Neoplasms metastatic to the oral cavity are rare, accounting for less than 1% of all malignancies found there. When they do occur, they are usually found in the soft tissue or mandible. Metastatic malignancies involving the gingival, alveolar, or buccal mucosa are very rare. We present a case of what appeared to be a benign epulis in a 25-year-old man. Biopsy revealed that the lesion represented metastatic testicular cancer.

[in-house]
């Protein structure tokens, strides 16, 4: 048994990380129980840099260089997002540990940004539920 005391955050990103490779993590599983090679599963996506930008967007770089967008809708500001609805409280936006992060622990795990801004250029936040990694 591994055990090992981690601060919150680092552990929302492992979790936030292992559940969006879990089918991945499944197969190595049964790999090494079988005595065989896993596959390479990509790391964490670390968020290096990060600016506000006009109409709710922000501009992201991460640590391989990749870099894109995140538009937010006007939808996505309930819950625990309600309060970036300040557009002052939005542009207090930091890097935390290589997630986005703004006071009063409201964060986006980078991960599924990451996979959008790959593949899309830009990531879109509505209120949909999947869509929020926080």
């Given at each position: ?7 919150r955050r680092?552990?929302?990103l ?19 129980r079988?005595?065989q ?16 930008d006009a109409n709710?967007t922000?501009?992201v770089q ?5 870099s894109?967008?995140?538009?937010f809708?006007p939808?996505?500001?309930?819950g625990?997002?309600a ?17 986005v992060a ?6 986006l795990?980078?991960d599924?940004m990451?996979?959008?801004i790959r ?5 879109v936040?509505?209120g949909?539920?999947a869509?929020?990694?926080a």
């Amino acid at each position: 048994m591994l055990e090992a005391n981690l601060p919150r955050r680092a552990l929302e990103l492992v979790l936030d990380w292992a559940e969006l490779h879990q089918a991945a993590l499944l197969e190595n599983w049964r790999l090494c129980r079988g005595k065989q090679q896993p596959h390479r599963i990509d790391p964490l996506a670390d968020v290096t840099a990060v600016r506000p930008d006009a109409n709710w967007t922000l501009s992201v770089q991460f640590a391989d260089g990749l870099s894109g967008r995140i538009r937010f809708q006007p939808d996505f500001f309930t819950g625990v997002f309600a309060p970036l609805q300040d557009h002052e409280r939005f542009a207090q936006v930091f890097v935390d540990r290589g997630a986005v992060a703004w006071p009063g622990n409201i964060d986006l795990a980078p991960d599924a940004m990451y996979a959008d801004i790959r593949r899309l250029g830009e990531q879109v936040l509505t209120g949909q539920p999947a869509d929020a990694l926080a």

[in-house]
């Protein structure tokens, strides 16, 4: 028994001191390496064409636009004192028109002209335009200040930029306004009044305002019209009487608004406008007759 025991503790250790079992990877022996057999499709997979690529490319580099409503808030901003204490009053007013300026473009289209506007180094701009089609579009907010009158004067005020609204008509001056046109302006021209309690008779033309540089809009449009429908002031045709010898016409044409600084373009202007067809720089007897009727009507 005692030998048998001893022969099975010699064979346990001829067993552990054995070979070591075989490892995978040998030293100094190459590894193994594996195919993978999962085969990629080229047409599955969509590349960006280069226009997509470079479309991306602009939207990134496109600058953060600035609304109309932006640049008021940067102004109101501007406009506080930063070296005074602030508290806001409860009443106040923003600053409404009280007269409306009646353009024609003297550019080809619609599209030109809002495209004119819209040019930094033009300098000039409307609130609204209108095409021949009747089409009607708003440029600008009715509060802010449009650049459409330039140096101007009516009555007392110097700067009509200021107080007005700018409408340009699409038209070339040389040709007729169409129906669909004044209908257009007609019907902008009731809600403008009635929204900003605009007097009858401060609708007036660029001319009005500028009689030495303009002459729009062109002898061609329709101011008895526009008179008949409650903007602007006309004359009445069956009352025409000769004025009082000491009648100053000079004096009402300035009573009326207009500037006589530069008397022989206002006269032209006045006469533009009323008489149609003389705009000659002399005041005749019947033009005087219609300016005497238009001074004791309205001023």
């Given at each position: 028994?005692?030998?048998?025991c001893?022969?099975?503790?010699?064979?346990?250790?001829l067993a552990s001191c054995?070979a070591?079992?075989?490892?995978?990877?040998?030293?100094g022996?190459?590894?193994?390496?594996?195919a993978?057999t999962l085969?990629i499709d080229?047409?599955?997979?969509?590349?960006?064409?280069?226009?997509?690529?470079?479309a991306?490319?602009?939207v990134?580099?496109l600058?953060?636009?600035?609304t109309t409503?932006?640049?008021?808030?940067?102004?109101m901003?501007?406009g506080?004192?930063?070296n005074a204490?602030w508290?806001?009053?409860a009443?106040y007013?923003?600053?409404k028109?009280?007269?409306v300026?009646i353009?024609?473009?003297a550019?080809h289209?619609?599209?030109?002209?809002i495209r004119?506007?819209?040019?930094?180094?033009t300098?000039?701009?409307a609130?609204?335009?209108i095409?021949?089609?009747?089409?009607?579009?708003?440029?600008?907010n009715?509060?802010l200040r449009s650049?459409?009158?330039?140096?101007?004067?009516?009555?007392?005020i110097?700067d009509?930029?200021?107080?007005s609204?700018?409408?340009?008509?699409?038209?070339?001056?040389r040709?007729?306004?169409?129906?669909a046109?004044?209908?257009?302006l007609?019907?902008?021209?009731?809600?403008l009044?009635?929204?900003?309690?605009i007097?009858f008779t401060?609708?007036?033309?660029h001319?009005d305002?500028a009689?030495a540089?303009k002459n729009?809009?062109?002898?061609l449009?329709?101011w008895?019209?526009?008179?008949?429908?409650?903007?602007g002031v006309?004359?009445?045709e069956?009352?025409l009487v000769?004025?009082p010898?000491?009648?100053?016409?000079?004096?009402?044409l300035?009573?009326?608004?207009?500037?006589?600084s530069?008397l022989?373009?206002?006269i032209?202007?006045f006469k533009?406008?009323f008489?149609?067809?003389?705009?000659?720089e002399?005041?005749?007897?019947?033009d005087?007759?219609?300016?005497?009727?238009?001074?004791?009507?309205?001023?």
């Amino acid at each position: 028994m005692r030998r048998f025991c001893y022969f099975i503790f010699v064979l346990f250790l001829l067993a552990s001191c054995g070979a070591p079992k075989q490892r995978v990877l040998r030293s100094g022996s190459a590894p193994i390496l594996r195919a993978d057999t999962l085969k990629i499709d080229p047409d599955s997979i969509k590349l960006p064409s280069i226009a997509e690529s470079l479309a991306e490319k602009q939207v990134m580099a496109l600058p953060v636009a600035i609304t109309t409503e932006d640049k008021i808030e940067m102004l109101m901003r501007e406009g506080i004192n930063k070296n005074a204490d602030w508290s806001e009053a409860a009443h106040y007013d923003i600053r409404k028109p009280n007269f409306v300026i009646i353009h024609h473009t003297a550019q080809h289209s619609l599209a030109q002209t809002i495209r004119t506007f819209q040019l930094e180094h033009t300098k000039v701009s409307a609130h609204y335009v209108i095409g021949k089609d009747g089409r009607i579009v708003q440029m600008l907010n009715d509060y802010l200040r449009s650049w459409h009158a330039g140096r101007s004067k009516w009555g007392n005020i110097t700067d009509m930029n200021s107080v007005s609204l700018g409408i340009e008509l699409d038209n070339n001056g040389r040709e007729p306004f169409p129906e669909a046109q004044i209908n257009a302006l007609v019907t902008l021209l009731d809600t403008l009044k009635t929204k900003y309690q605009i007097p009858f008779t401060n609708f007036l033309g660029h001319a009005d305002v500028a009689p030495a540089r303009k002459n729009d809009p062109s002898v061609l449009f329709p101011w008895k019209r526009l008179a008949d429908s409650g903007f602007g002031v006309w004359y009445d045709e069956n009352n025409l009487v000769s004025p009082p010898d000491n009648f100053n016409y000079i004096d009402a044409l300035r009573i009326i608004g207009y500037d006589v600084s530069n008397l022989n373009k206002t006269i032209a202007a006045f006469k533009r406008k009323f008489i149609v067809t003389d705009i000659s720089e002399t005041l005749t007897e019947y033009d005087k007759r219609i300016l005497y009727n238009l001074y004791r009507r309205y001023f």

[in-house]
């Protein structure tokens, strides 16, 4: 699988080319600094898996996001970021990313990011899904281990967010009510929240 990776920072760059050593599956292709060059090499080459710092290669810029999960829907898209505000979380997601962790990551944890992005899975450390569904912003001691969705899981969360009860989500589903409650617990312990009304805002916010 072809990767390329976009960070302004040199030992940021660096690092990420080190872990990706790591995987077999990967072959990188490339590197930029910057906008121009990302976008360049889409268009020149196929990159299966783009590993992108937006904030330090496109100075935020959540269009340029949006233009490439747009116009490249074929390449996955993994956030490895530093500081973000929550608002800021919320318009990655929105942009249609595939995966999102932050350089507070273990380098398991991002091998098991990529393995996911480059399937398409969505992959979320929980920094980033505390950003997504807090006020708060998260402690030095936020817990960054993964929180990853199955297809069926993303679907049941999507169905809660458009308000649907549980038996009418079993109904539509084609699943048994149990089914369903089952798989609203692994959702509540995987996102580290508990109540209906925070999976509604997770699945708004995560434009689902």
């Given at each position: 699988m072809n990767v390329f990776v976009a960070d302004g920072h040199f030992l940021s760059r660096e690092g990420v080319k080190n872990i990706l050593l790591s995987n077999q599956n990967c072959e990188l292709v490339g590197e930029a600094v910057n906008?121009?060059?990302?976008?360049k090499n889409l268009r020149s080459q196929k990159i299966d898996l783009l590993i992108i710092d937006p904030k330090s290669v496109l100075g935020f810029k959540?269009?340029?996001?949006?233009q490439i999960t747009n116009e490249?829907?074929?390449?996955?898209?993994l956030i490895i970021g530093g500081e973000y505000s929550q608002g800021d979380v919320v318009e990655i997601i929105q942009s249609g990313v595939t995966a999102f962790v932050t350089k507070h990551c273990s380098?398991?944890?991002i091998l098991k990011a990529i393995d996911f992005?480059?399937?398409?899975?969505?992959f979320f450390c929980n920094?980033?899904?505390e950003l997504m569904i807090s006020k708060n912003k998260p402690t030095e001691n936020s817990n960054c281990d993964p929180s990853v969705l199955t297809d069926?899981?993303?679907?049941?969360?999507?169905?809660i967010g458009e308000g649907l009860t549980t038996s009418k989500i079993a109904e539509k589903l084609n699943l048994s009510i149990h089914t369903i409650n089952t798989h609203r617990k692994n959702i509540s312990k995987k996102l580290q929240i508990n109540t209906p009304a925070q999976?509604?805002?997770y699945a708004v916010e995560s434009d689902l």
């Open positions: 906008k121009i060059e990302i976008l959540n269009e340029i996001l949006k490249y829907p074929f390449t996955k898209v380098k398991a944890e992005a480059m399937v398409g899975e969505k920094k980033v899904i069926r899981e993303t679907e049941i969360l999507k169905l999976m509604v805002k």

It is estimated that at any one time in the United States, 28.2% of the population has an oral cavity lesion.1 The hard palate is the most common location (25.9% of cases), and the gingiva is the second most common (20.4%).1 Most lesions in the oral cavity are benign, and only 2% of all cancers are found there.2